Which resources are needed? Probably your full credit report. List of contacts for the creditors and a debt tracker worksheet. Suppose you need financial consulting or might consider debt consolidation. These are options to look into if this will help you reach your goal faster.
M (Measurable) How would I measure my progress?
I will make a list of all my delinquent accounts from smallest to largest. Each month I will save 350 dollars. After the quarter, I will close at minimum one account.
A (Achievable) How can we achieve success?
I will contact each creditor for the accounts on my list and advise my intent to eliminate the debt.
Any settlement opportunities will be noted to save money. I will pay any accounts under $350.00 first, then the larger accounts I will divide by 350 to determine the number of payments.
R (Relevant) How can my actions become realistic?
To save $350 each month, I will include this in my monthly budget and eliminate unnecessary expenses. I will put any additional funds aside in a separate account just for debt repayment. I will create a debt repayment tracker to keep track of my progress.
T (Time-bound)What is my due date?
My deadline to accomplish this goal is in 3 years. At least one or more accounts are closed every quarter. I will review my progress monthly, on the last day of each month. My first account needs to be closed by…date, my review date is….
How I use SMART goals today
Anytime I have a large project or goal, I break them down using the SMART method. Some say there is less room to be creative because it’s very orderly. I’m naturally a creative person. At first, most of my ideas begin with high enthusiasm. I get one idea, then another, I’m generally all over the place. To not waste time, I implement them, and then again I’m stuck. I find anything you plan can be reviewed at any point.
When the steps become unrealistic, change the time allowed and the measurement. When the achievable part becomes out of reach, gain more resources. If the entire framework has changed, resort back to your why. Even starting over from scratch and then breaking it down again works. Every action step you take brings you closer to your goal. When it is a SMART action, it’s part of the excellent plan.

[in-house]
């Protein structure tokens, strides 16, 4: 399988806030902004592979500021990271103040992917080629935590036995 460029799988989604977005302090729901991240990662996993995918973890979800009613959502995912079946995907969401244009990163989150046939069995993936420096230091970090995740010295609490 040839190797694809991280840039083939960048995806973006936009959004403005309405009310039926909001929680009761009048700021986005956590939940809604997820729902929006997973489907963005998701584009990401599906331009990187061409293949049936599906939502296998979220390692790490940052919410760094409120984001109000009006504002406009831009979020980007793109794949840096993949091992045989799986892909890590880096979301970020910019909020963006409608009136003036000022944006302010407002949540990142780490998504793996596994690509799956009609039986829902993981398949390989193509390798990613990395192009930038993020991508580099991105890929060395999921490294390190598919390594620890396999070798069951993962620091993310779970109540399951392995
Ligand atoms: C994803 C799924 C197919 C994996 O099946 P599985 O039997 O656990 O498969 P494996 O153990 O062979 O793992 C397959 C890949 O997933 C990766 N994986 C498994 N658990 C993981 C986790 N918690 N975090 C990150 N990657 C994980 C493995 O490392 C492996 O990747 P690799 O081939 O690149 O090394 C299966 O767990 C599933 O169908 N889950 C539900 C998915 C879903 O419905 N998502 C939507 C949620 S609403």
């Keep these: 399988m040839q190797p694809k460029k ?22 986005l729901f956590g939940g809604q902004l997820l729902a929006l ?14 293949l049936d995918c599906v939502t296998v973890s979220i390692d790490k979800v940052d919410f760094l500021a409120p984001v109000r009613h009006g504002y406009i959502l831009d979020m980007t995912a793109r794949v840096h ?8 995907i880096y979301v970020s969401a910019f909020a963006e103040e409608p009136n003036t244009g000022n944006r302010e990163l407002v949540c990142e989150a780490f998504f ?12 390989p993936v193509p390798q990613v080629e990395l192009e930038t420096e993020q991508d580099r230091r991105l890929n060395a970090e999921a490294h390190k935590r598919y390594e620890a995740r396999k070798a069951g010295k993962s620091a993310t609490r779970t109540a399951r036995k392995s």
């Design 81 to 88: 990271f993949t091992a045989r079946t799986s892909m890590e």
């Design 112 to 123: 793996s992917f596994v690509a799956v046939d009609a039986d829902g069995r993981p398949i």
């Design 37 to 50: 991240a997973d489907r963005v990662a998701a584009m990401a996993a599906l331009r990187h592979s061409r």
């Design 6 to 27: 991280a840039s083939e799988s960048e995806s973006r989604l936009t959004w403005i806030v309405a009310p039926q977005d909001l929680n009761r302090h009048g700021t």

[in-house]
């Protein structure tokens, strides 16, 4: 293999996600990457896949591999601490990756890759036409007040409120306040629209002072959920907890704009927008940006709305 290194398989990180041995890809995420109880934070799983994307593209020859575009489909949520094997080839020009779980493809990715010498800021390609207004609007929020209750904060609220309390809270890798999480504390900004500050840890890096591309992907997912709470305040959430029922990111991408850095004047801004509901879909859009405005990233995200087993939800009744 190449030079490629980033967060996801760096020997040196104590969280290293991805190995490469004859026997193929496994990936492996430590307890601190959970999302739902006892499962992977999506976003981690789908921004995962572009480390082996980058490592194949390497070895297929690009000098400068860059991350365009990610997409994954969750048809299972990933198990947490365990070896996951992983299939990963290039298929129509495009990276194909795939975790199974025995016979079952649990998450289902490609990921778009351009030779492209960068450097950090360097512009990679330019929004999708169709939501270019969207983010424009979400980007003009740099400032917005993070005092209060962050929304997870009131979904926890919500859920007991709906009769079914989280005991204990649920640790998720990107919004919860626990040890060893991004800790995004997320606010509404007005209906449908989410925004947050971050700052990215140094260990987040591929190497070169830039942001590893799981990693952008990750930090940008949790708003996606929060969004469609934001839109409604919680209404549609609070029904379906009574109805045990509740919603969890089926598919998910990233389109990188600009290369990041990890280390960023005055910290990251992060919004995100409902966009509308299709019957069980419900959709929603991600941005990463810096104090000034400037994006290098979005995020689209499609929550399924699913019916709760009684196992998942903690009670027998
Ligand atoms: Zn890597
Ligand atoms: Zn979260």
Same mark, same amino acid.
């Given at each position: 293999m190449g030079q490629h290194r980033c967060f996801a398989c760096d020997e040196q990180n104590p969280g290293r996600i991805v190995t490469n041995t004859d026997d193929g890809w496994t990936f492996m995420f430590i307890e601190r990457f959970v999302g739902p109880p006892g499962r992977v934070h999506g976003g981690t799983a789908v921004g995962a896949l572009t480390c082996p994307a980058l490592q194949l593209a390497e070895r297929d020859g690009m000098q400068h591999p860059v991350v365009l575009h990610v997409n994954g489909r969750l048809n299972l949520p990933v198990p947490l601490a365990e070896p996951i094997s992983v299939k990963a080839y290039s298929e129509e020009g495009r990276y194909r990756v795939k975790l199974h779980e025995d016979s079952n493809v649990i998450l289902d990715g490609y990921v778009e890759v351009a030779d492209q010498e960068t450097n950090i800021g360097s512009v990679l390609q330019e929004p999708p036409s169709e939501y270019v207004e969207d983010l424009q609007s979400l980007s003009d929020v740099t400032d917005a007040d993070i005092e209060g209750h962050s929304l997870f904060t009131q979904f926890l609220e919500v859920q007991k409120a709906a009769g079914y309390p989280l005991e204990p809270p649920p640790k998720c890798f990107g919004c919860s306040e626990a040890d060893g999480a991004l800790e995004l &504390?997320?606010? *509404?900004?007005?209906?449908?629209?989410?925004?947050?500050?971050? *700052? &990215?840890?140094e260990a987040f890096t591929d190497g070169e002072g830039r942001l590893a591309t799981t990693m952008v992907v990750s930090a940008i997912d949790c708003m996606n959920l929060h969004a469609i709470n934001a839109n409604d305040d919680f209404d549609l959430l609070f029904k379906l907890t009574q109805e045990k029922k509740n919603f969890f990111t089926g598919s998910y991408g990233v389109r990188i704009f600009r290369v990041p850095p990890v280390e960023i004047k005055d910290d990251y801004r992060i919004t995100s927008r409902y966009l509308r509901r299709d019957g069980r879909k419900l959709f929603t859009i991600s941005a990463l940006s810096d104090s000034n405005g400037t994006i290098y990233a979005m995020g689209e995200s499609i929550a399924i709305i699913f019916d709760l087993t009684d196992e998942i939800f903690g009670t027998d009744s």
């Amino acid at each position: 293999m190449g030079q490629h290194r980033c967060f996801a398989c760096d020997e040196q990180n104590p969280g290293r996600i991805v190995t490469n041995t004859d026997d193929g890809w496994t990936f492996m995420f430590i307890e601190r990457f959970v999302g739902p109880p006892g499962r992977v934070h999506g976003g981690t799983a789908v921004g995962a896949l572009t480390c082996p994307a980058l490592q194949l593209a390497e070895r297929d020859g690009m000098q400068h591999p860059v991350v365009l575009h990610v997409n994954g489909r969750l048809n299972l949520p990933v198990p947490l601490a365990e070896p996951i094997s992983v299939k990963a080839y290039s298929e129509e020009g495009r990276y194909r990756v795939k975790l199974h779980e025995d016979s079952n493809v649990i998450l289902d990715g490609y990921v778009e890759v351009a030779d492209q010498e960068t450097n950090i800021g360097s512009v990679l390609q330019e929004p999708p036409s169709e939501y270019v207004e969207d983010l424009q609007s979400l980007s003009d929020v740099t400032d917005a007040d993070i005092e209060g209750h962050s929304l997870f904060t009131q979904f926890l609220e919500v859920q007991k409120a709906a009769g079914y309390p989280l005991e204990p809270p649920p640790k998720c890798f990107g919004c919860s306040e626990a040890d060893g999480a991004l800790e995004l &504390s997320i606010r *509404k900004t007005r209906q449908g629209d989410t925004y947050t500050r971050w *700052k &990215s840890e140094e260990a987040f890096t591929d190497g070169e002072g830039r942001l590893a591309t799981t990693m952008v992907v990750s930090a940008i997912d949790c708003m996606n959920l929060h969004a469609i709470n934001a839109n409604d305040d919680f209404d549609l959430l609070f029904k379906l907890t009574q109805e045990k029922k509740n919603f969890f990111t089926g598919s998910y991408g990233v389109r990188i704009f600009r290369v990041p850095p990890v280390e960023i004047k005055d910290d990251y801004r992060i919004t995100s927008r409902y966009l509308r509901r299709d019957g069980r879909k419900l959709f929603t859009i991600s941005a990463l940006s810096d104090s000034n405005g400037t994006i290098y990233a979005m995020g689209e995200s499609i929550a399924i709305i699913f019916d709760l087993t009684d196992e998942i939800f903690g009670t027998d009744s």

SMART GOAL Wrap up
S – Specific
Your goal should be specific, make sure you use action words to define what you want to accomplish. When coming up with your goal, add as many details as you can to narrow down what is most important.
M – Measurable
How you measure your progress? Your goal should be measurable; otherwise, you wouldn’t know if you’re succeeding. The goal should be trackable. Seeing progress will increase motivation and push you to move forward.
The goal should be realistic but still outside your limitations. What else is a goal for? It’s accomplishing something that you want to achieve. The keyword Achieve because it’s easy to think that you can accomplish so many things in a short amount of time.
Each of your SMART Goals is a part of a long-term goal or value. Make sure this goal you are breaking down aligns with that long-term goal. Is this relevant to the big picture? Is it necessary? We don’t want to waste our time if it’s pulling up away what we truly want.
What is the deadline? By when or how would I know that I’ve completed this goal. This is not a permanent time frame, it should be realistic but also not too far. If you giving yourself to the end of the year, something you can do in a month, this is the complete opposite of motivation. You need the push to know when you’re reaching the end or at least close to it.